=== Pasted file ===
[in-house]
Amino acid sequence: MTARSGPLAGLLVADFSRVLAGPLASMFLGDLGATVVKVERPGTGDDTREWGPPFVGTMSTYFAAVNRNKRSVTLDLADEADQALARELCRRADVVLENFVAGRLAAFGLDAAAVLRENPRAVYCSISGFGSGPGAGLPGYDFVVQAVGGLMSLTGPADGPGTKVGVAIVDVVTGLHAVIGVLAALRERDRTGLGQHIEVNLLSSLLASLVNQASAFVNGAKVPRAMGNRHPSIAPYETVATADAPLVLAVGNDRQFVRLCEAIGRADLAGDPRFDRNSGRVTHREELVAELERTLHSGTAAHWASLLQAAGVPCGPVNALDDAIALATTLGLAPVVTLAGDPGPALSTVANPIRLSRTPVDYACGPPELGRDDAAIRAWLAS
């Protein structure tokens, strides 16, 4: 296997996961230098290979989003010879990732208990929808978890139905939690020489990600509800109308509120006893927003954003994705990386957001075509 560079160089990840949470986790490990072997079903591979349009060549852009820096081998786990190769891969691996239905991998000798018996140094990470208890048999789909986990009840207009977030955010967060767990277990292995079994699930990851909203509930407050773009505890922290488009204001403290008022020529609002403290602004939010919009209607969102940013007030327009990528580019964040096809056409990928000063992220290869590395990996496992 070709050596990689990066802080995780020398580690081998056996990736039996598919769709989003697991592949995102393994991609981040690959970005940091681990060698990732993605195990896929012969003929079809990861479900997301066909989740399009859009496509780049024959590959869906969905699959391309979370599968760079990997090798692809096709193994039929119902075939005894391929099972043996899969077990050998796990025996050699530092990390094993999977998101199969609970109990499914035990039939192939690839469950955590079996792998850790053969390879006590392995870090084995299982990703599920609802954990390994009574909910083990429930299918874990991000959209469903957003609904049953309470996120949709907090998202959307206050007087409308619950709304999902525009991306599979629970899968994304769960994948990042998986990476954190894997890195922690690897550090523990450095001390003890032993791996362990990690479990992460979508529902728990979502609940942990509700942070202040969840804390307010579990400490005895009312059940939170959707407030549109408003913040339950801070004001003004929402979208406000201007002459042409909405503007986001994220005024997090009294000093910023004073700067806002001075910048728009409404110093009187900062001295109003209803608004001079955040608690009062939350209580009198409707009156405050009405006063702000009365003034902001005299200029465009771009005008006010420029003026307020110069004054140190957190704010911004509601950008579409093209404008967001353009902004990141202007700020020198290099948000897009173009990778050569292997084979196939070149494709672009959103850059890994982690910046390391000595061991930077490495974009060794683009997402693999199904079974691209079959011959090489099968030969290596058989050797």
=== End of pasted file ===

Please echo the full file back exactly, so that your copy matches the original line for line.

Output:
[in-house]
Amino acid sequence: MTARSGPLAGLLVADFSRVLAGPLASMFLGDLGATVVKVERPGTGDDTREWGPPFVGTMSTYFAAVNRNKRSVTLDLADEADQALARELCRRADVVLENFVAGRLAAFGLDAAAVLRENPRAVYCSISGFGSGPGAGLPGYDFVVQAVGGLMSLTGPADGPGTKVGVAIVDVVTGLHAVIGVLAALRERDRTGLGQHIEVNLLSSLLASLVNQASAFVNGAKVPRAMGNRHPSIAPYETVATADAPLVLAVGNDRQFVRLCEAIGRADLAGDPRFDRNSGRVTHREELVAELERTLHSGTAAHWASLLQAAGVPCGPVNALDDAIALATTLGLAPVVTLAGDPGPALSTVANPIRLSRTPVDYACGPPELGRDDAAIRAWLAS
């Protein structure tokens, strides 16, 4: 296997996961230098290979989003010879990732208990929808978890139905939690020489990600509800109308509120006893927003954003994705990386957001075509 560079160089990840949470986790490990072997079903591979349009060549852009820096081998786990190769891969691996239905991998000798018996140094990470208890048999789909986990009840207009977030955010967060767990277990292995079994699930990851909203509930407050773009505890922290488009204001403290008022020529609002403290602004939010919009209607969102940013007030327009990528580019964040096809056409990928000063992220290869590395990996496992 070709050596990689990066802080995780020398580690081998056996990736039996598919769709989003697991592949995102393994991609981040690959970005940091681990060698990732993605195990896929012969003929079809990861479900997301066909989740399009859009496509780049024959590959869906969905699959391309979370599968760079990997090798692809096709193994039929119902075939005894391929099972043996899969077990050998796990025996050699530092990390094993999977998101199969609970109990499914035990039939192939690839469950955590079996792998850790053969390879006590392995870090084995299982990703599920609802954990390994009574909910083990429930299918874990991000959209469903957003609904049953309470996120949709907090998202959307206050007087409308619950709304999902525009991306599979629970899968994304769960994948990042998986990476954190894997890195922690690897550090523990450095001390003890032993791996362990990690479990992460979508529902728990979502609940942990509700942070202040969840804390307010579990400490005895009312059940939170959707407030549109408003913040339950801070004001003004929402979208406000201007002459042409909405503007986001994220005024997090009294000093910023004073700067806002001075910048728009409404110093009187900062001295109003209803608004001079955040608690009062939350209580009198409707009156405050009405006063702000009365003034902001005299200029465009771009005008006010420029003026307020110069004054140190957190704010911004509601950008579409093209404008967001353009902004990141202007700020020198290099948000897009173009990778050569292997084979196939070149494709672009959103850059890994982690910046390391000595061991930077490495974009060794683009997402693999199904079974691209079959011959090489099968030969290596058989050797």